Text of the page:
McDonald’s is testing out a Quarter Pounder with fresh beef. Vegan Beyond Burgers have hit the menu at TGI Friday’s. Is fast and fast casual food making a move toward selling healthier options? You might look to Norway’s largest producer of salmon for confirmation of the trend: It’s planning to open to a salmon-only fast food chain in China.
According to a report from the Financial Times, Marine Harvest already operates five restaurants under the chain Supreme Salmon in Tawain, but hopes to open at least 2,000 more locations in China. The restaurant serves a whole range of salmon-centric dishes, including salmon gyoza, salmon risotto, and salmon fried rice. Marine Harvest hopes that by opening the restaurants, China’s demand for farmed fish will go up.
In the states, the closest that we have to a restaurant that is centered on just one ingredient would be the growing number of places that serve all-avocado dishes. At the moment, most of them are located in New York City, but at least one, called Avocaderia, hopes to expand to locations across the country. Still, this is more evidence that restaurants groups are looking for opportunities to capitalize on the healthy eating trend, and perhaps even moving farther away from meat-based fast food options.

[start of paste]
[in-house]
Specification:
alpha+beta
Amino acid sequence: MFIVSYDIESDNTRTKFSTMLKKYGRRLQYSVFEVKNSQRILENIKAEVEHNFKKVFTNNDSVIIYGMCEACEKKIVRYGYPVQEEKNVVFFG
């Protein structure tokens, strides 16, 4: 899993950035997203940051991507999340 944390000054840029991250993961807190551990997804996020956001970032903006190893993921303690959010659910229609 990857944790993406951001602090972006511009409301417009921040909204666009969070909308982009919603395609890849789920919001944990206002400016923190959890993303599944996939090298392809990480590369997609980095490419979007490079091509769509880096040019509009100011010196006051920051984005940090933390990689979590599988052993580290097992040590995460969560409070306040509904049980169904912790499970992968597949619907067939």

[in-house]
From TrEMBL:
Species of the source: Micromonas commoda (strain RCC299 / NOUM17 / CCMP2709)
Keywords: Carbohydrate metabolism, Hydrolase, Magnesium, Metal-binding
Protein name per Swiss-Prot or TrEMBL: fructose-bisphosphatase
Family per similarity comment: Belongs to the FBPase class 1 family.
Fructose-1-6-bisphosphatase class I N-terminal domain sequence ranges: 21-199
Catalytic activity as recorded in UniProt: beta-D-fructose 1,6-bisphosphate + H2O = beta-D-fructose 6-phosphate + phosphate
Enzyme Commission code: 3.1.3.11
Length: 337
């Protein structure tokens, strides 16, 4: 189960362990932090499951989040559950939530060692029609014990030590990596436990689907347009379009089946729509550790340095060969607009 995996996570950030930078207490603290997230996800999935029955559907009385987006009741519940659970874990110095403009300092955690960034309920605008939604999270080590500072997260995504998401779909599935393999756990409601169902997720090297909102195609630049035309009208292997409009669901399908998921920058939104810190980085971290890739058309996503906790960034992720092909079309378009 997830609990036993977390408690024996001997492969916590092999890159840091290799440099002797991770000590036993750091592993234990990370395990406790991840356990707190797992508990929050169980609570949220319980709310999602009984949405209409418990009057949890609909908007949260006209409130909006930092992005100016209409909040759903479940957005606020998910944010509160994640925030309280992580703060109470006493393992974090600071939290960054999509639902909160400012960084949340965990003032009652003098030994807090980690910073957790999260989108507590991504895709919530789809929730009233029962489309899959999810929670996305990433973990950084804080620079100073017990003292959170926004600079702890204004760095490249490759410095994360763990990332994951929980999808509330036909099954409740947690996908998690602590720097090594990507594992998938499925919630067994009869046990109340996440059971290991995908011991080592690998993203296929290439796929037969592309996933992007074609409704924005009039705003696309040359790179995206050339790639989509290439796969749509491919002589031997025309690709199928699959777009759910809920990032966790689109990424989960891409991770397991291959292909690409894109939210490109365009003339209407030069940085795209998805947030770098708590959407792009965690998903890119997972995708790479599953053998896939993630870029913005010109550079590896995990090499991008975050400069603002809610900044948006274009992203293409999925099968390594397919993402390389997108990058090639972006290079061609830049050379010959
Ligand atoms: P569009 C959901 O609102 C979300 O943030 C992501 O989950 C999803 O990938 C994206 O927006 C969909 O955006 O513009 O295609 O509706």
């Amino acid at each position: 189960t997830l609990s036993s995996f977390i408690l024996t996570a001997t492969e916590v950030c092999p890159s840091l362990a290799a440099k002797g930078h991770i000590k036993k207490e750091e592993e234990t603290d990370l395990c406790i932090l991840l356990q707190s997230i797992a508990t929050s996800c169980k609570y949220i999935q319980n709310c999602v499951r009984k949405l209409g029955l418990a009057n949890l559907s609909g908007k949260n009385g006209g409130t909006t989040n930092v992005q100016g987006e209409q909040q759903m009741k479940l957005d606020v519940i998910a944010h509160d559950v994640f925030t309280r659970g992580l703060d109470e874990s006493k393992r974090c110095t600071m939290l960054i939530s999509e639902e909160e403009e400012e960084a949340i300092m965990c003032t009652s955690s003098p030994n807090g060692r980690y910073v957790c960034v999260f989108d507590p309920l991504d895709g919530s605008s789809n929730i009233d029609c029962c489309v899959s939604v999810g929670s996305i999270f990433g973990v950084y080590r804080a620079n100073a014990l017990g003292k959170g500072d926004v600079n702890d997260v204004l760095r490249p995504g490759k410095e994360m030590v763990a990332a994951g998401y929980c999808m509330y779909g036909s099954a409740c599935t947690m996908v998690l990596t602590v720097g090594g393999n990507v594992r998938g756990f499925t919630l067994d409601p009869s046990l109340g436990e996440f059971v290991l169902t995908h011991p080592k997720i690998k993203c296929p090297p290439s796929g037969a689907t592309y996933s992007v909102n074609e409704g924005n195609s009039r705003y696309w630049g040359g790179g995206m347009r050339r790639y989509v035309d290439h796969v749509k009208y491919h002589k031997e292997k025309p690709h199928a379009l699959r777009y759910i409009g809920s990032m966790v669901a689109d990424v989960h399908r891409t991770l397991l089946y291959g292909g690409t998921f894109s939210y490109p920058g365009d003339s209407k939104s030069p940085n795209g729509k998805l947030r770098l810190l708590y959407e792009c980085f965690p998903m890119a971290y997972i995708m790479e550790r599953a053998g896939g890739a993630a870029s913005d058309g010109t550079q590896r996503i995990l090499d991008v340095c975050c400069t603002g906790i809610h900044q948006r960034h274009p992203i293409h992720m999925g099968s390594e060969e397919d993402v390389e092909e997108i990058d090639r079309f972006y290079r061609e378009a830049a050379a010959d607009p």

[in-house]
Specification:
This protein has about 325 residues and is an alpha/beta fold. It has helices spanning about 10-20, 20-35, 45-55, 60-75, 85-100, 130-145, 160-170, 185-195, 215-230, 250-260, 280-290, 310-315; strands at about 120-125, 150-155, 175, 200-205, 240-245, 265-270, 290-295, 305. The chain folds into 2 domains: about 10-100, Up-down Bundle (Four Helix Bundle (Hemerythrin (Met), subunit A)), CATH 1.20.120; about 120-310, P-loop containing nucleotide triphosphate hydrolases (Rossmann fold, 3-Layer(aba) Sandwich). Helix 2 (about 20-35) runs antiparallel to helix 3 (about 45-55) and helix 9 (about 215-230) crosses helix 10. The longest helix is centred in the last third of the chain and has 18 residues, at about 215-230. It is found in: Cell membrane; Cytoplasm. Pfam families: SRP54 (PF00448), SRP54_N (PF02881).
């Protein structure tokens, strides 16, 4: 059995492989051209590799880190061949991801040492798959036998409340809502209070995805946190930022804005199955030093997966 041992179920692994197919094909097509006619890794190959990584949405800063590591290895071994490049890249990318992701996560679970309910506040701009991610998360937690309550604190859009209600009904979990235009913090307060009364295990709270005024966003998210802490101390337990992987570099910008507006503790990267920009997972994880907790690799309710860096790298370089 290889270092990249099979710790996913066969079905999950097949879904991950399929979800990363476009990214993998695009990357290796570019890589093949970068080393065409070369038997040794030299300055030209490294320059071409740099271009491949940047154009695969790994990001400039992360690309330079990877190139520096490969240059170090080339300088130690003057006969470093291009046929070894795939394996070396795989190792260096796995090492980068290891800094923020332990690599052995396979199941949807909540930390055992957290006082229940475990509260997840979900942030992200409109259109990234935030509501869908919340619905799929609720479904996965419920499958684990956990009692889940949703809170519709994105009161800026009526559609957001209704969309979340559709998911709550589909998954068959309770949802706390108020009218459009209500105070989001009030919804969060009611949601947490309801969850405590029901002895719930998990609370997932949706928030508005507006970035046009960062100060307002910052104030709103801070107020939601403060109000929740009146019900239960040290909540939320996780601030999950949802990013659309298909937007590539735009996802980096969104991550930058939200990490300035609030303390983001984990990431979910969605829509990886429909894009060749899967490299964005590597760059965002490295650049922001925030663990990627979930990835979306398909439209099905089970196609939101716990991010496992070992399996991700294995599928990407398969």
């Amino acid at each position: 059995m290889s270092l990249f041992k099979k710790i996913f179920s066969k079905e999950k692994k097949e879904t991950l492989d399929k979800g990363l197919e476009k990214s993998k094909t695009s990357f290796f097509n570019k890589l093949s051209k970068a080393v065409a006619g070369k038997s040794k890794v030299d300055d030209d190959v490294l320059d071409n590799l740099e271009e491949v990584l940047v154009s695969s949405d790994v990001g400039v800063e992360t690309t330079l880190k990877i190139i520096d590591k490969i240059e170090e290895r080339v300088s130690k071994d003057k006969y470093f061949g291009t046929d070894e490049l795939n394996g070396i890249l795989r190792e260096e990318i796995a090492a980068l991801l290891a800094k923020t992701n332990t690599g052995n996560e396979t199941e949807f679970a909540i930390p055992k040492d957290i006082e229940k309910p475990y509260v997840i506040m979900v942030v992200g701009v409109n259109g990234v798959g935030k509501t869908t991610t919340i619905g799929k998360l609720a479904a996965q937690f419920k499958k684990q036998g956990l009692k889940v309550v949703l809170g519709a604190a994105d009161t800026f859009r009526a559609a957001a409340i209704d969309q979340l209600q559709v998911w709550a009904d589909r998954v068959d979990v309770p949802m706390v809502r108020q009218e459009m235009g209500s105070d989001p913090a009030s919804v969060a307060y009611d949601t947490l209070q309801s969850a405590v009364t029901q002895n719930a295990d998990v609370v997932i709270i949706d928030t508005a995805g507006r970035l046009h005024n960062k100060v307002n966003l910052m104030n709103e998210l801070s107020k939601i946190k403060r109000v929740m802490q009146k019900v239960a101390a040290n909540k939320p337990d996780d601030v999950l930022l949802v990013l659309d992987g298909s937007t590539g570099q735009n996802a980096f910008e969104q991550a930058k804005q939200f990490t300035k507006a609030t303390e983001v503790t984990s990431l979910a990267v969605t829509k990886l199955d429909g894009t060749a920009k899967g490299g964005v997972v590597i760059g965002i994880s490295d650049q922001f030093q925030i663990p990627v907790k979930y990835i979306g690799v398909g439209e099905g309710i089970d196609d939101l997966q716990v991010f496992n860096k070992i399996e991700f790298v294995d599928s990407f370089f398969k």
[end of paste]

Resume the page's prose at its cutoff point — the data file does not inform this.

Even McDonald’s is testing a vegan burger, while the Impossible burger venture—the soy based burger which looks like it bleeds—has raised $75 million in funding, and is already showing up at places like Fatburger. Vegan burgers are also a—perhaps still evolving—answer to the question of whether or not more restaurants will adopt environmentally sustainable options.
Fish might not be popular enough in America yet to warrant an entire fast food joint dedicated to it—it’s not exactly what Americans would consider a dish for casual eating—but the push to create more health-conscious food options is clearly happening on a global scale.